Crucially, no one bot will be able to take on every role. Although the bots aren't specifically class-based, some will be inherently better at support roles, while others will be better at taking on multiple enemies. That means you'll need to think carefully about the capabilities of the bots you choose to take into battle, switching between them as occasion demands (though you'll respawn at specific locations, rather than on the fly), and it means you'll need to work with the team.
But, as I've said, Universe is principally an action game. The interface abstains from World of Warcraft-style tabbed targeting in favour of a more vigorous, FPS-inflected aiming system that locks onto any enemies in the central third of the screen. As it targets, it'll zoom in slightly with reticle animations to provide what Horton calls a “Top Gunny vibe.”
Underneath it all, the combat is still run on RPG stats that you'll raise over time through levelling and better weapons and equipment, but it leaves the overall impression of something more fluid and fast-paced.
Two extra weapon-specific gauges help. One is essentially a combo meter, which fills as you deal damage and unleashes bonuses such as additional damage and the ability to hit more targets. The other gauge charges up like a power bar in a golf game: Vanquish's hammer only deals maximum damage if you let go at its apex, while some ranged weapons require time to lock on.
Transformers Universe has a fair amount in common with the new breed of hugely popular, competitive, short-duration online games: action-RTSes and the like. Where it diverges from them is in its reliance on story. “We can't do this game without telling a story,” Horton says. His aim is to give a context to the game's large suite of battlefields in a way that Quake and Call of Duty never try. When Vanquish helps to collect enough Energon for the Autobots to win the mining match, it briefly opens a portal for his side to proceed to the next level, set in a destroyed city. The battlefields, therefore, aren't discrete player-versus-player maps, but part of a large set of interlocking scenarios that provide different challenges. You'll also have access to faction-specific social hub areas where you'll find familiar – although sadly not playable – bots like Megatron and Optimus Prime, who'll help tell a story of conflict between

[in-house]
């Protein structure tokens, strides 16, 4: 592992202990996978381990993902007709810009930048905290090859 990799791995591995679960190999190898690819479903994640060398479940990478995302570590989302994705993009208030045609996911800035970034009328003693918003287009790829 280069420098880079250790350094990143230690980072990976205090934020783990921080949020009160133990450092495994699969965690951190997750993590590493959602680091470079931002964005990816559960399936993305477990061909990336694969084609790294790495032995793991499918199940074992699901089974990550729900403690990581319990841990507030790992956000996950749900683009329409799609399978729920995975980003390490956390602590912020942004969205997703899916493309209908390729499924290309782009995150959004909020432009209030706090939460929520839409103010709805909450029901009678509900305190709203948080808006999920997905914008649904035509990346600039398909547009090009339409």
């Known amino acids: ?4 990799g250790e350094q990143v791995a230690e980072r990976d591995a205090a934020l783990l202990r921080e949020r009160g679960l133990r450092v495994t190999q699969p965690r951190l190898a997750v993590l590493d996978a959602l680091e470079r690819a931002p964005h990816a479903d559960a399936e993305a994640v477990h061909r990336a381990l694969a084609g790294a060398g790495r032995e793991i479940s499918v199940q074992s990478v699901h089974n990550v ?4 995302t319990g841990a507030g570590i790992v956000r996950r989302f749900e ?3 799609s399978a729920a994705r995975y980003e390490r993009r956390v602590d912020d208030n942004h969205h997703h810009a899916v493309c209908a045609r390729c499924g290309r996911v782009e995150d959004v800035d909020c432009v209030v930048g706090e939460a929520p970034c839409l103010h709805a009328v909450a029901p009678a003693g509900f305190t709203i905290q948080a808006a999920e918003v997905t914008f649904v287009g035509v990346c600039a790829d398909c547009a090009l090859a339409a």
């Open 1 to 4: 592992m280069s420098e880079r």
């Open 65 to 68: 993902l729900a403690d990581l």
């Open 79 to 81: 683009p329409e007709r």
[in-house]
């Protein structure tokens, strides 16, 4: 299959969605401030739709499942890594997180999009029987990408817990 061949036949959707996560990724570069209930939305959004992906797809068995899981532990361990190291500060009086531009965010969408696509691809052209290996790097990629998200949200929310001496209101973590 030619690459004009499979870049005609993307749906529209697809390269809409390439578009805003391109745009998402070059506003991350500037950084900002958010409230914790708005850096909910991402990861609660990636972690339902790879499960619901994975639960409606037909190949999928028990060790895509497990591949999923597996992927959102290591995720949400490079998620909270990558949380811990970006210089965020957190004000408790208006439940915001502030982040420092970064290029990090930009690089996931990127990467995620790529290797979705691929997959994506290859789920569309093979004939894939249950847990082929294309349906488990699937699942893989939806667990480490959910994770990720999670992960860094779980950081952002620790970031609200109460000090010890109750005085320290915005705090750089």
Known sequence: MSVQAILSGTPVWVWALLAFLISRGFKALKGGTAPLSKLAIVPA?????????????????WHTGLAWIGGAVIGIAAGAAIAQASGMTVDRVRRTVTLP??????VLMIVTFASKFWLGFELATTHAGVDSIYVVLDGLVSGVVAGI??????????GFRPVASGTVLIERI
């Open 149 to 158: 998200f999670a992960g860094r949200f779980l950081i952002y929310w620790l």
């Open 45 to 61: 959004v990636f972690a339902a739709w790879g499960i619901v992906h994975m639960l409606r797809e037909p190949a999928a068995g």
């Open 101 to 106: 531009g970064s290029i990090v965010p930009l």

the two factions.
Transformers Universe is going to be produced in seasons, in the manner of US TV shows: Horton's highfalutin example is The Wire. This is the war that never ends. In the future, Universe might go into space, introduce rafts of new vehicle modes and characters, and whatever else fits the audience and game as it evolves. They hope the story, which lies in the continuity universe of the animated CG series Transformers: Prime, will tie it all together. Quite what nasty Megatron's up to will only come out closer to launch. Bet it's something nefarious.
Transformers Universe is not the cheap tie-in that you might have feared it to be. And it's backed up by some great new technology, which Jagex claim will ensure that their game looks good in years to come, even given its browser-based provenance. Certainly Universe is far beyond the usual level of 3D gaming in browsers, with flashing weapon effects and smooth animations as bots transform into their vehicle modes. Jagex are still in the process of locking down the minimum specifications for their game, but in its current form Transformers Universe's look and feel suits a fast-paced multiplayer action-RPG. It's not Crysis, sure, but the visuals are light years ahead of RuneScape, and they pretty much meet the intention of being 'best in class' in the field of browser games. And, less glamorous but probably more important, the networking systems that run under the hood benefit from Jagex's considerable experience in making online games. Although they're more used to coding the kind of technology required to run an RPG, the Jagex team have designed Transformers Universe's engine and infrastructure to run FPS-fast. It will also run almost entirely on its servers, rather than via peer-to-peer networking, to make it more stable and secure.
Transformers Universe has one eye smartly fixed on the latest online gaming trends, and the other on ensuring the game lives up to the essential nature of its licence.
Will it manage to make good on those ambitions? It'll certainly be worth trying out the beta, which is due to start in the next few months – you can already sign up. Jagex are adamant too that, as with World of Tanks, it'll be possible to play at its highest levels without paying a penny – if you've got the time.
Transformers Universe is rolling out with ambitions that suit the scale of its robots, to transform your expectations of what a browser-based MMO can be. It looks to be on the right road.